Special remembrance for Di
ANZAC Day has special significance for Di Jackson who spent 26 years in the Royal Australian Air Force.
Mrs Jackson will be attending the dawn service in Cannonvale and the march in Airlie Beach today to pay her respects to all those who have served their country.
"I'll be thinking about the people who served, including those who failed to return and those who did return," she said.
"The world is a better place because of people who did these sorts of things."
Now a Mandalay resident, Mrs Jackson joined the Air Force on September 26, 1990, and spent her time working as a logistics officer - albeit in different areas over the years.
Her enlistment date has a special meaning for Mrs Jackson, whose great great uncle William McIntyre died in World War I on the Western Front on the same date 73 years earlier - September 26, 1917.
Mrs Jackson had many roles during her time in the Air Force - all in logistics.
They varied from her first position as a supply clerk in Darwin, where one of the highlights of her job was paying the invoices for fuel of up to $1 million each month, right through to her final position as a squadron leader.
Among other roles over the years, Mrs Jackson worked as an air movements clerk, preparing weight and balance documentation for planes to ensure they could fly safely.
"(It was) a very important role as the calculation of weight - passengers and cargo - against fuel burn for the flight time is critical for the aircraft to fly safely to destinations."
A promotion and posting to 1SQN, the operating squadron of the F-111 aircraft at Amberley in Brisbane, involved deployment planning for exercises in exercises in Australia, New Zealand, Hawaii and Nevada.
In 2001 Mrs Jackson decided to take on a leadership role, completing officer training in Melbourne.
Returning to Darwin - one of the places Mrs Jackson loved most during her time in the Air Force - Mrs Jackson's roles included managing Army, Navy, Air Force and civilian workforces, enabling them to provide logistics support to the region, as well as working in a unit which provided communication support between ground forces and aircraft.
Mrs Jackson said a stand-out during her time there was being involved in deploying the unit to Singapore for an exercise with armed forces from Singapore, Malaysia and Thailand.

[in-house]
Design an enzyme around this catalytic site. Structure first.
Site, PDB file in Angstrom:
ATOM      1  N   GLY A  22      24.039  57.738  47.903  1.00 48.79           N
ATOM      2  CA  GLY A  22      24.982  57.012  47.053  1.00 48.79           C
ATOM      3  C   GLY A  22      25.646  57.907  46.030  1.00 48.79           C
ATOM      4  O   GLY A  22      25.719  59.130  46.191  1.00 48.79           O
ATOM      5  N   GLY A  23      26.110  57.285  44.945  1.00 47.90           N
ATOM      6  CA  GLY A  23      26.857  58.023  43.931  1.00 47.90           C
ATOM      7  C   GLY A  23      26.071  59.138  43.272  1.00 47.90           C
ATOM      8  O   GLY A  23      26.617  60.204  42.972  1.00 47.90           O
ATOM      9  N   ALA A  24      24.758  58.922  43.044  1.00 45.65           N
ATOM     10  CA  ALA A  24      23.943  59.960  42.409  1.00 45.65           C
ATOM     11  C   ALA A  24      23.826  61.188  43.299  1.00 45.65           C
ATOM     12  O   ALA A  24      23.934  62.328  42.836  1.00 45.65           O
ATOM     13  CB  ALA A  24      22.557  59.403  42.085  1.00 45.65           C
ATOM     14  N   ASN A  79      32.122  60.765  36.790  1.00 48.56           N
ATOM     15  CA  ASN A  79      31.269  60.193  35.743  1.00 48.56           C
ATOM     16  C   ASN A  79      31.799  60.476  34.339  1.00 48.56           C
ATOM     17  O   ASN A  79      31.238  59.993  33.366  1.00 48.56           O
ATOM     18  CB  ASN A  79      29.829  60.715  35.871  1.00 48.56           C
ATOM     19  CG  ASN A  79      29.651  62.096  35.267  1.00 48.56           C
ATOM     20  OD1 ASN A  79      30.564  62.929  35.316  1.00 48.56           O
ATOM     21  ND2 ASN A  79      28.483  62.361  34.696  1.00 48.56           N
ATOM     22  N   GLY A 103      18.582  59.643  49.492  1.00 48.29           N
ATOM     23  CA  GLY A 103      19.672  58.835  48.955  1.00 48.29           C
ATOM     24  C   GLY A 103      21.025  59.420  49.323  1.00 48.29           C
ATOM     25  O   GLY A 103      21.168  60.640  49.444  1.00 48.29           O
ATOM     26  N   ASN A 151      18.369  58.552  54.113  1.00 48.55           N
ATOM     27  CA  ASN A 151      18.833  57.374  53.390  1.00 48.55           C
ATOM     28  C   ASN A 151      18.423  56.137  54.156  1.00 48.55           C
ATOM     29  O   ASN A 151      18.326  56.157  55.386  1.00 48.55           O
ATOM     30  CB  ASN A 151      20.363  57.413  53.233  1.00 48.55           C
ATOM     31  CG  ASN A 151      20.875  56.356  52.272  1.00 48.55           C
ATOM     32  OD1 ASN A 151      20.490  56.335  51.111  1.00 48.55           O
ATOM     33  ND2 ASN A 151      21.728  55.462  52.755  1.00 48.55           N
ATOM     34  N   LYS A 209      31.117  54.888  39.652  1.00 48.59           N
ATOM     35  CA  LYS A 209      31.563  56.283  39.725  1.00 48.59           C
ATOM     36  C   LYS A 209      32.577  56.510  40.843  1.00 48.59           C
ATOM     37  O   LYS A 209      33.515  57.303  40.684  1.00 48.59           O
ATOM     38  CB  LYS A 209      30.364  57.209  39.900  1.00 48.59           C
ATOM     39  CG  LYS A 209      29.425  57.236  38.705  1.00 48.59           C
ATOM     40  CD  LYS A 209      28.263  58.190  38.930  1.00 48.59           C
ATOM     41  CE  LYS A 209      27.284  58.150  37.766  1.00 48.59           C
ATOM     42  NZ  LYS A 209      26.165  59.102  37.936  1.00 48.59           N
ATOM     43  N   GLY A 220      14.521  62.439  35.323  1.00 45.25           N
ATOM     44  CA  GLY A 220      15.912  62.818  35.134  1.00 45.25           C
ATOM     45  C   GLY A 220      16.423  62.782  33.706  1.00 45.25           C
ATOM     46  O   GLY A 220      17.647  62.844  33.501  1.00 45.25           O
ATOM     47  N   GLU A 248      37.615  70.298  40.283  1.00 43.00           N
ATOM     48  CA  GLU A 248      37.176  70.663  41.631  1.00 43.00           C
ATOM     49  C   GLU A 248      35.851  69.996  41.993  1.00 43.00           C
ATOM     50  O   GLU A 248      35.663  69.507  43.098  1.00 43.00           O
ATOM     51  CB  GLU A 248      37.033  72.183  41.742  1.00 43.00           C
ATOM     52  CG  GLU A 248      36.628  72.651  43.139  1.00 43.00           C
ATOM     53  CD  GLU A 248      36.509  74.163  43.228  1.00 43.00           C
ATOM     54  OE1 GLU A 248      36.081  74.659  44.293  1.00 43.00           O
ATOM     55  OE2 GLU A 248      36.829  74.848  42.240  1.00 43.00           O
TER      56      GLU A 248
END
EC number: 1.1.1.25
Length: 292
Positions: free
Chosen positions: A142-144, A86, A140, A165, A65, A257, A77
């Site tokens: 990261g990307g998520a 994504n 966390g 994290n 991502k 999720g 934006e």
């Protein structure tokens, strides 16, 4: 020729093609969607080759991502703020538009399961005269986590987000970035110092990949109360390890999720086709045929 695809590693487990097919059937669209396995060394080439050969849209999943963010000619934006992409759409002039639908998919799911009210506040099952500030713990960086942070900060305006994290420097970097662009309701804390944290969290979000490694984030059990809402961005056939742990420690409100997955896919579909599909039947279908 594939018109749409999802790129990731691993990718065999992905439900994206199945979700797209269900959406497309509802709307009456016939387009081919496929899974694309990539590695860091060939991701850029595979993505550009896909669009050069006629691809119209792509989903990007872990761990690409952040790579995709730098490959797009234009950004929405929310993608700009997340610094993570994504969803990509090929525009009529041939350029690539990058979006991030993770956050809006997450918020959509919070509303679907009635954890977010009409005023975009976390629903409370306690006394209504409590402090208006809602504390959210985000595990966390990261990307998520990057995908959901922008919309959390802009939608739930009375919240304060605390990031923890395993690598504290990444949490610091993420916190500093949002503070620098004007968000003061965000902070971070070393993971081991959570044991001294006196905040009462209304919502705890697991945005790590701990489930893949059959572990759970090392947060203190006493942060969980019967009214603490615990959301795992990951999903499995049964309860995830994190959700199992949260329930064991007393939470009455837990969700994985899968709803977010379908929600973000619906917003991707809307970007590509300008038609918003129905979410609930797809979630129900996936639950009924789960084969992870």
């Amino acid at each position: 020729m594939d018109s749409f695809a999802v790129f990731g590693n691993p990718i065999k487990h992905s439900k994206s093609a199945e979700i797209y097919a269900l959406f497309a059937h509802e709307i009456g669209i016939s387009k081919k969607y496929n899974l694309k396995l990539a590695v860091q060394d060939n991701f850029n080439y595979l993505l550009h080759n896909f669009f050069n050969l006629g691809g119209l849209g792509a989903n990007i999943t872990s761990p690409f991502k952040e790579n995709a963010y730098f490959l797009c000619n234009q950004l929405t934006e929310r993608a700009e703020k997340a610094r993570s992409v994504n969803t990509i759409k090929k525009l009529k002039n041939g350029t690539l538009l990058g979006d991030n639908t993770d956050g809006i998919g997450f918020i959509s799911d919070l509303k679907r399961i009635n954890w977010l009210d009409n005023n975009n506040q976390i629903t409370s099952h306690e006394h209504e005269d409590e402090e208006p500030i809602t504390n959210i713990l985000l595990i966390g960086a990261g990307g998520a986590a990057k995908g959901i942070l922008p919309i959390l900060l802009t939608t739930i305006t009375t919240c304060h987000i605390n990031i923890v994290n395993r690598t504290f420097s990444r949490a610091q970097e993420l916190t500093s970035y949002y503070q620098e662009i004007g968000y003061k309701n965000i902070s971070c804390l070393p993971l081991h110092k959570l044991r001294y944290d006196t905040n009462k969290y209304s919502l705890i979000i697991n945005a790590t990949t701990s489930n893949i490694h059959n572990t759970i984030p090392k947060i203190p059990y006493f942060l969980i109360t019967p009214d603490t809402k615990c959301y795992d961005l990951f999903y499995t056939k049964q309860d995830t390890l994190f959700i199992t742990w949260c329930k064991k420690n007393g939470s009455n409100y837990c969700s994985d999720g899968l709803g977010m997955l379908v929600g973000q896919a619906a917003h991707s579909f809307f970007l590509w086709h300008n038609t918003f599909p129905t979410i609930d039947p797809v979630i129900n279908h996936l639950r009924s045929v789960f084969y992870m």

"On our arrival into Singapore we had to set up our comms system in the exercise headquarters."
"Upon arrival there the next day we noticed that a critical piece of equipment had been removed overnight by other forces with the aim to make our comms so much more difficult to achieve.
"Much to their disgust of the Singaporeans, we were able to obtain that piece of kit from a local telecommunication stockist and continue to operate unhindered."
Other roles during the Darwin stint included being a catering officer, officer in command of the base command post and officer in command of the air movements section.
Between 2009 and 2012 Mrs Jackson was employed as a hazardous chemicals project manager, before finishing her career as a squadron leader.
Over the years, some of the bigger assignments Mrs Jackson was involved in was the East Timor conflict in the 1990s, where she was involved in loading aircraft with troops, weapons and ammunition.
"We were doing a lot of air movements."
"With these aircraft landing in a 'hot zone' where fighting was taking place, the planes had to be specially loaded to allow troops to get off safely as soon as they landed."
Mrs Jackson was also involved with helping in the aftermath of both Bali bombings in the 2000s.
"That was taxing because the injured were coming back. We had to try and move people with burns injuries."
"I was in operations managing - with others - timings, personnel and equipment requirements."
Mrs Jackson was medically discharged from the Air Force in 2016 with a hereditary medical condition.
"I wouldn't have left otherwise."
She said she loved her time in the Air Force.
"It was sort of like going to work, but not going to work."
"You were doing something different every day. Being constantly changing, it challenges you.
"(The best thing was) being able to achieve better than you thought you could for the benefit of the organisation."
Asked if she would do it again, Mrs Jackson said "in a heartbeat".
"So many amazing things done, places visited, and lifelong friends made."
"Serving your country is another thing that's good - protecting the future landscape for future generations to come."